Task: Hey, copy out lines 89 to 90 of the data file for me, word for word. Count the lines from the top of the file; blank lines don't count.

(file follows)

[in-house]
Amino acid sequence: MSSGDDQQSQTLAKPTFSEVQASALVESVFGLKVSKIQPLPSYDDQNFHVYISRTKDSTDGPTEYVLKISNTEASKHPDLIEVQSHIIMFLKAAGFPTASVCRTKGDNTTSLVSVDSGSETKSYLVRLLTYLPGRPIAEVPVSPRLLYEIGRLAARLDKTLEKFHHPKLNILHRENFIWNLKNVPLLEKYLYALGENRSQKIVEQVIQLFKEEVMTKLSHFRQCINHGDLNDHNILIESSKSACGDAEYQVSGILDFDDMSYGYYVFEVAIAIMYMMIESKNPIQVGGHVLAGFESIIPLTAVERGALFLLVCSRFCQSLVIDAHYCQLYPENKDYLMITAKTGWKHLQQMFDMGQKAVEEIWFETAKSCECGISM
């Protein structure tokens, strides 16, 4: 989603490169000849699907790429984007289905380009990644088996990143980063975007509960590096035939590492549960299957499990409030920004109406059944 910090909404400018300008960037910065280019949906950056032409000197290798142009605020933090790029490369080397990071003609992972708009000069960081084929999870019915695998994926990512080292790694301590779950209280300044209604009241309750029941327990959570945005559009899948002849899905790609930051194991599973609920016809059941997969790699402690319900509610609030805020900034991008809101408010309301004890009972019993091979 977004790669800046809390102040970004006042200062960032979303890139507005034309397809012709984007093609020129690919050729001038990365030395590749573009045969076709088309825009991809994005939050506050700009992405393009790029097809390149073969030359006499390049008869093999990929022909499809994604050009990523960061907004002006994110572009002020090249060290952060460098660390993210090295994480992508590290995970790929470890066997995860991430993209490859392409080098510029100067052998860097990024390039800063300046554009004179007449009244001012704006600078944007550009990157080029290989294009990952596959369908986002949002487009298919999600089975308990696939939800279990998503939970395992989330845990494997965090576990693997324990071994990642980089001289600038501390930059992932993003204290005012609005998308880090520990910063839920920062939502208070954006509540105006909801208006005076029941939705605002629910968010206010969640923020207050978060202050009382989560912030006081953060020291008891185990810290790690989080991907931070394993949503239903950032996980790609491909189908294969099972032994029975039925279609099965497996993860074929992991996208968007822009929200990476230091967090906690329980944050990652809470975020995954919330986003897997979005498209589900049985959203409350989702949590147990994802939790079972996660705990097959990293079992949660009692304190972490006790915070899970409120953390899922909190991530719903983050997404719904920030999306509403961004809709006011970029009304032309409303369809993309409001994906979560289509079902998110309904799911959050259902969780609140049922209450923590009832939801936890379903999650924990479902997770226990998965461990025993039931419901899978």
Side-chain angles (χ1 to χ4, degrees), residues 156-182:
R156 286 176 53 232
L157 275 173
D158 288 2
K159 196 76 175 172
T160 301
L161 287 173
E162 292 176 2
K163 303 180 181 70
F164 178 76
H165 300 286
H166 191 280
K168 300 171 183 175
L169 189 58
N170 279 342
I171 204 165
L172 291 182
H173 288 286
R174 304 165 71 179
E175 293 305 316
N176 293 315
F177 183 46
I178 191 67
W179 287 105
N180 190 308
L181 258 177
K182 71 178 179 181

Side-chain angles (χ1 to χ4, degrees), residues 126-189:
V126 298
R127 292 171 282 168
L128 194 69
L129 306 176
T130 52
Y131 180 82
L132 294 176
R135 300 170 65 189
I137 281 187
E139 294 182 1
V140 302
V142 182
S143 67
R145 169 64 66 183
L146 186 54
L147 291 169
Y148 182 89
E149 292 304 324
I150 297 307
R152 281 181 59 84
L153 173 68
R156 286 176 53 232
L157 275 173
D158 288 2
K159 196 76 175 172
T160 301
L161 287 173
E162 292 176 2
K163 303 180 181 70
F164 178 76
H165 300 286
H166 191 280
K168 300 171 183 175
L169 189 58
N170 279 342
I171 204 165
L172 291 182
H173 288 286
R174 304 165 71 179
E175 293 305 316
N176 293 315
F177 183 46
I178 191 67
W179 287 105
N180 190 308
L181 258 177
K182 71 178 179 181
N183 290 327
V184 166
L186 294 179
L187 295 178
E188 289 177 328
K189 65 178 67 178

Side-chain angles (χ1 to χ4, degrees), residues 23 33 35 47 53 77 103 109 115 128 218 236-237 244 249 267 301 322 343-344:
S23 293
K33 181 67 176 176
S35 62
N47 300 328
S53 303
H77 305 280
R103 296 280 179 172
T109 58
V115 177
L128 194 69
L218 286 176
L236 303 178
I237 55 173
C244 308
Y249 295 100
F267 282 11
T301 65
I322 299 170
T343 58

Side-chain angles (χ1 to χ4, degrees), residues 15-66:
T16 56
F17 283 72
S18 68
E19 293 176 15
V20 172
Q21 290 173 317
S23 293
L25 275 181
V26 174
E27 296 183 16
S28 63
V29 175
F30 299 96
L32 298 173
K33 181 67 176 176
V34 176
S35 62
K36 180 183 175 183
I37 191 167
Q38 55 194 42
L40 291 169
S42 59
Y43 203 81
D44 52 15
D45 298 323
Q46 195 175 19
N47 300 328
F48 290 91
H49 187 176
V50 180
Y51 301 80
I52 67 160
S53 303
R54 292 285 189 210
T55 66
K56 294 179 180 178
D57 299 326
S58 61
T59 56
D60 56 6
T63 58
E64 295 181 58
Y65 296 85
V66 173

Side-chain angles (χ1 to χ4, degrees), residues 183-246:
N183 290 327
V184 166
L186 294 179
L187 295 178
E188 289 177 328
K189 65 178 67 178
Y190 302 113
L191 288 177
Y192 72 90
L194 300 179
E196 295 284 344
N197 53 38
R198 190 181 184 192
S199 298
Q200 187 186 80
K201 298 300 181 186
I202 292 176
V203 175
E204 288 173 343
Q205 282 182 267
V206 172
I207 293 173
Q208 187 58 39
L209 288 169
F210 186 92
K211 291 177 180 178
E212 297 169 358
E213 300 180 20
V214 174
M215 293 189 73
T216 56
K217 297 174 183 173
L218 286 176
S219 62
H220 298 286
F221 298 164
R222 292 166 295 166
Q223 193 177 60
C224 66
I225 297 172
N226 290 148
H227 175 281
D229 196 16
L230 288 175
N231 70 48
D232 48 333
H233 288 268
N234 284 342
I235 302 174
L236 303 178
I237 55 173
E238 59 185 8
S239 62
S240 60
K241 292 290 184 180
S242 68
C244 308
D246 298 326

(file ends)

N47 300 328
S53 303